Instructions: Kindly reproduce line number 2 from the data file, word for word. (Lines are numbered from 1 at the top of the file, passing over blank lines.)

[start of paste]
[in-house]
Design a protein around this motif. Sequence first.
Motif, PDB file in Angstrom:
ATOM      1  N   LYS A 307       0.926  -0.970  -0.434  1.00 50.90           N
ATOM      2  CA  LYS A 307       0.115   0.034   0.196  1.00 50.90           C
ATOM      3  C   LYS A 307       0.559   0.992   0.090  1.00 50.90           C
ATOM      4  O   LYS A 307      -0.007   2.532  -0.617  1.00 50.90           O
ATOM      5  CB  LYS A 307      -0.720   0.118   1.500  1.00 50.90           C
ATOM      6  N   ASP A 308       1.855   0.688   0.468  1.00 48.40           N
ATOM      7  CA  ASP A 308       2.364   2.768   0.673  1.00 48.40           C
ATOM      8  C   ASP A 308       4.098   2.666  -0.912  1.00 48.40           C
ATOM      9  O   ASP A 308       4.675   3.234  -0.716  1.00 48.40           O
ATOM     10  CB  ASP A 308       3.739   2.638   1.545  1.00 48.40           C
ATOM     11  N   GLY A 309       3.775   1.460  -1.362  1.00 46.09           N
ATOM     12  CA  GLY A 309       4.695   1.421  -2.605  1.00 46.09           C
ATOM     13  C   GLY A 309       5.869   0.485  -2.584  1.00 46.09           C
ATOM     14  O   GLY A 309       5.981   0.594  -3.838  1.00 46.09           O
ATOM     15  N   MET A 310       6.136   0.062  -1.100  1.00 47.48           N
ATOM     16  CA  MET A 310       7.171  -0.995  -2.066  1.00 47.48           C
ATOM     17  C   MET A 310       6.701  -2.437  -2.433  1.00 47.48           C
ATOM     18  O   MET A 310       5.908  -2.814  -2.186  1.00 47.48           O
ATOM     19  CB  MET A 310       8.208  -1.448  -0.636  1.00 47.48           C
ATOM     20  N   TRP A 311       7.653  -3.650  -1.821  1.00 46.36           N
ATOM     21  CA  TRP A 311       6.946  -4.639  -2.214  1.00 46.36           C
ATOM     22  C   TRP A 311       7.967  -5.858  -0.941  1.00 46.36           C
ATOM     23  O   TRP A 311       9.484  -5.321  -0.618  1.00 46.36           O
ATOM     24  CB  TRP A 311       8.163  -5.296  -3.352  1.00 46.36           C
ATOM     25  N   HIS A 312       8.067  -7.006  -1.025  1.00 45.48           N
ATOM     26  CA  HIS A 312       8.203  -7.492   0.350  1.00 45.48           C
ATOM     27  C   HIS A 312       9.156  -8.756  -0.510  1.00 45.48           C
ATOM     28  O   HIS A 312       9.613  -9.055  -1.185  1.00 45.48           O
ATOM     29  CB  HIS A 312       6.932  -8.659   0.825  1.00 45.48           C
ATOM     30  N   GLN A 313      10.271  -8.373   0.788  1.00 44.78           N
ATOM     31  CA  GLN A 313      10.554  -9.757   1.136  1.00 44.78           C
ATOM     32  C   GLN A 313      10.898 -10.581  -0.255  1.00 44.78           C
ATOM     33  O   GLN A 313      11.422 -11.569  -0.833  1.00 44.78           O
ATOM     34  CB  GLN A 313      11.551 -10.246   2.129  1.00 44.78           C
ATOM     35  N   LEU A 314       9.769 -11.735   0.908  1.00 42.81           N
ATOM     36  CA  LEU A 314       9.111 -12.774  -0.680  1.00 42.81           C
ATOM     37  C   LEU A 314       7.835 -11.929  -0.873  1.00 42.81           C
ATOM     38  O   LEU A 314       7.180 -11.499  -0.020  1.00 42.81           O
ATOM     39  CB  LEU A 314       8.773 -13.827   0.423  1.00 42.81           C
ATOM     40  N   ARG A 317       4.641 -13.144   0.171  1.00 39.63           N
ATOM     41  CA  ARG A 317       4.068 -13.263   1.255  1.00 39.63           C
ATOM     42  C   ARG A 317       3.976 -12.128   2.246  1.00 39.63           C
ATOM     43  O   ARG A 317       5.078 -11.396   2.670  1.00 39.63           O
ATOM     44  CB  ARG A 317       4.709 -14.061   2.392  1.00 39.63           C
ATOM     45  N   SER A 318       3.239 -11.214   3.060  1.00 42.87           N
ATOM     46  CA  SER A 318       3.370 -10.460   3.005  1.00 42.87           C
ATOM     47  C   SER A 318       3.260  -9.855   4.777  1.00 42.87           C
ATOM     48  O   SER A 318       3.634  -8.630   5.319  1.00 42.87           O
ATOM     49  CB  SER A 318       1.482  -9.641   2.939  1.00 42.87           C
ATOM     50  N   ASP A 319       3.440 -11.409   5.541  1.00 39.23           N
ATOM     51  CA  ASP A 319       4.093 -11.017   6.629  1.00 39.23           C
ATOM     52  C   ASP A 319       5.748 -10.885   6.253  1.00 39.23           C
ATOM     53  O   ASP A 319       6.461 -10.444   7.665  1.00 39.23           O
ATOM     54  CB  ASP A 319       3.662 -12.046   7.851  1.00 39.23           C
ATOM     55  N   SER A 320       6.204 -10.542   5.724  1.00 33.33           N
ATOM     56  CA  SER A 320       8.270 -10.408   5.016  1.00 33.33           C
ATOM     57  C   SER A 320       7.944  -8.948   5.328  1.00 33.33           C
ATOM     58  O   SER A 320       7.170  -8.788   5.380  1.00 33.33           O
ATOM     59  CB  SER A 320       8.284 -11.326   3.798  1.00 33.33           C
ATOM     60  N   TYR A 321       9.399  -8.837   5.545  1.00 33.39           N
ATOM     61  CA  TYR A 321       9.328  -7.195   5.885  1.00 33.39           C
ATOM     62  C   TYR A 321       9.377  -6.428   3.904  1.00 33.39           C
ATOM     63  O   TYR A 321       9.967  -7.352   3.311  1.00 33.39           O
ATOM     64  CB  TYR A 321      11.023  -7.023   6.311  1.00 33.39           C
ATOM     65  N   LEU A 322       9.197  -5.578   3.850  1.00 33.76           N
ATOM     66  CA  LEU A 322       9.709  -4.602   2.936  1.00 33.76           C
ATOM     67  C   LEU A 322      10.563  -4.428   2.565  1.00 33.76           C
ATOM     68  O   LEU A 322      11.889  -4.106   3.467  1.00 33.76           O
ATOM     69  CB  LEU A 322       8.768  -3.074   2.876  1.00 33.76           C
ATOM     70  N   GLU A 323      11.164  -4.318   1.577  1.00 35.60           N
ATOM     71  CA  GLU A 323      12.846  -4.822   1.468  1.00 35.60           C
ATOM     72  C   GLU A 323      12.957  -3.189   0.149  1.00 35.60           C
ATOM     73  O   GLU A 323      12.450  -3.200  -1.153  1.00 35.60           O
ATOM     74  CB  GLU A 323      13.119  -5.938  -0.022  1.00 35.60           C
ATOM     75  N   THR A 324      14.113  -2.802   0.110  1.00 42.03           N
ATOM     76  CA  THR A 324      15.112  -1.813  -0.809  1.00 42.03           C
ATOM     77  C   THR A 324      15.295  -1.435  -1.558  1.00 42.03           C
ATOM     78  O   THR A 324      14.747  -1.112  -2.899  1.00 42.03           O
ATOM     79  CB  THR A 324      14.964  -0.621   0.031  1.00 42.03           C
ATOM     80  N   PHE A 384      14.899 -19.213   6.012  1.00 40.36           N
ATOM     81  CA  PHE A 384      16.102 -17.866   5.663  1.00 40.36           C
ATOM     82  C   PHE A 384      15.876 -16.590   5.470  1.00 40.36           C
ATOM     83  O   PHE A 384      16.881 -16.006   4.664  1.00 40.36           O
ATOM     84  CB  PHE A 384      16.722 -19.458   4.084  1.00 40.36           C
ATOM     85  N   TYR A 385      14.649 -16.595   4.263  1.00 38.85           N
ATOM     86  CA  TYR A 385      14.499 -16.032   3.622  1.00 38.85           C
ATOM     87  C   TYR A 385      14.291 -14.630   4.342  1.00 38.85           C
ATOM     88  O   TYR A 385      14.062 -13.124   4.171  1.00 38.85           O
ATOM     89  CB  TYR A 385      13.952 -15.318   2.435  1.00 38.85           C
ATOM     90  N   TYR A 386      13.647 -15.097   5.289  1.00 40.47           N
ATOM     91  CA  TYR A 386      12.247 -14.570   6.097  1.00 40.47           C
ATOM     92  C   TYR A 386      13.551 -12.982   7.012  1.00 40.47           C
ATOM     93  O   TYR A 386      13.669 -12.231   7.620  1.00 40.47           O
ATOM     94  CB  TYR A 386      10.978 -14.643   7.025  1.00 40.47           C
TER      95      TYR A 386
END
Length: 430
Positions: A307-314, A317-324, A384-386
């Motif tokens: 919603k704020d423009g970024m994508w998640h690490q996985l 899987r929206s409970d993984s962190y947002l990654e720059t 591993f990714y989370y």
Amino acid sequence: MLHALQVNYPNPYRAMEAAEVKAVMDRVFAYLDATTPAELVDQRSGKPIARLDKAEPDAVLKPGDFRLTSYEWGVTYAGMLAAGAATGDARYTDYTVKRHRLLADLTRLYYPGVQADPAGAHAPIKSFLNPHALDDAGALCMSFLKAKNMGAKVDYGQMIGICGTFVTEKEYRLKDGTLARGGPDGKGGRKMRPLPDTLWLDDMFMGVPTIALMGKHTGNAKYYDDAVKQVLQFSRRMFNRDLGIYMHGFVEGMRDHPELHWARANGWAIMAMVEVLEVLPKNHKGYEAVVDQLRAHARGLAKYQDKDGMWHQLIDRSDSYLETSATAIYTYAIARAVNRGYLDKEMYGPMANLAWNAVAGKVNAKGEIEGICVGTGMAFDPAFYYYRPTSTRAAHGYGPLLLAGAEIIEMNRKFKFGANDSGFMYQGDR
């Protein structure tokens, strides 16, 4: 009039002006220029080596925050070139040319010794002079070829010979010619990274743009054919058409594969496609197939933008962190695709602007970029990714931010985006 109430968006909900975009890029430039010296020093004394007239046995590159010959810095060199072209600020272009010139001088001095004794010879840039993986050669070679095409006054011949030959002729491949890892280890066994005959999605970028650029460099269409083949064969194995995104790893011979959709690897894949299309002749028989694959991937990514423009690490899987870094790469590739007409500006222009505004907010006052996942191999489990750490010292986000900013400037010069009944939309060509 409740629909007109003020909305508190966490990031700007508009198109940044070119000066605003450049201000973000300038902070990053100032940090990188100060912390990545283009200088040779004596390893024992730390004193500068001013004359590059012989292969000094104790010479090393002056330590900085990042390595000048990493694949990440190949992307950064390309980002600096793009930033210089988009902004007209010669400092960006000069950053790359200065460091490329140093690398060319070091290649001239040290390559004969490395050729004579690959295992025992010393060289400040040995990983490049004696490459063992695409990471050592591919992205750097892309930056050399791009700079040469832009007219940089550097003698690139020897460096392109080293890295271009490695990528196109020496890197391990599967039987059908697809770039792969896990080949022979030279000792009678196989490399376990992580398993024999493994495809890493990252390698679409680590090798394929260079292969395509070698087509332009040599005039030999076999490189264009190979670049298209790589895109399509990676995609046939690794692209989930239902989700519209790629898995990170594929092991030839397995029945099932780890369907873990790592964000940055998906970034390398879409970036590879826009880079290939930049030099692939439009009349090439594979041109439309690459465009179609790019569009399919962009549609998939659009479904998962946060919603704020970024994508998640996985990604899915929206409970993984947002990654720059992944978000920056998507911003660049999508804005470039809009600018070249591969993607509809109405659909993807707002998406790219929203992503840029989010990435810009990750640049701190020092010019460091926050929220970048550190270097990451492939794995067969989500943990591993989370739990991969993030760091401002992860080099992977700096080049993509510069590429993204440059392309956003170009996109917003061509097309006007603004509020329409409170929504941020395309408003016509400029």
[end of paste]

Design a protein around this motif. Sequence first.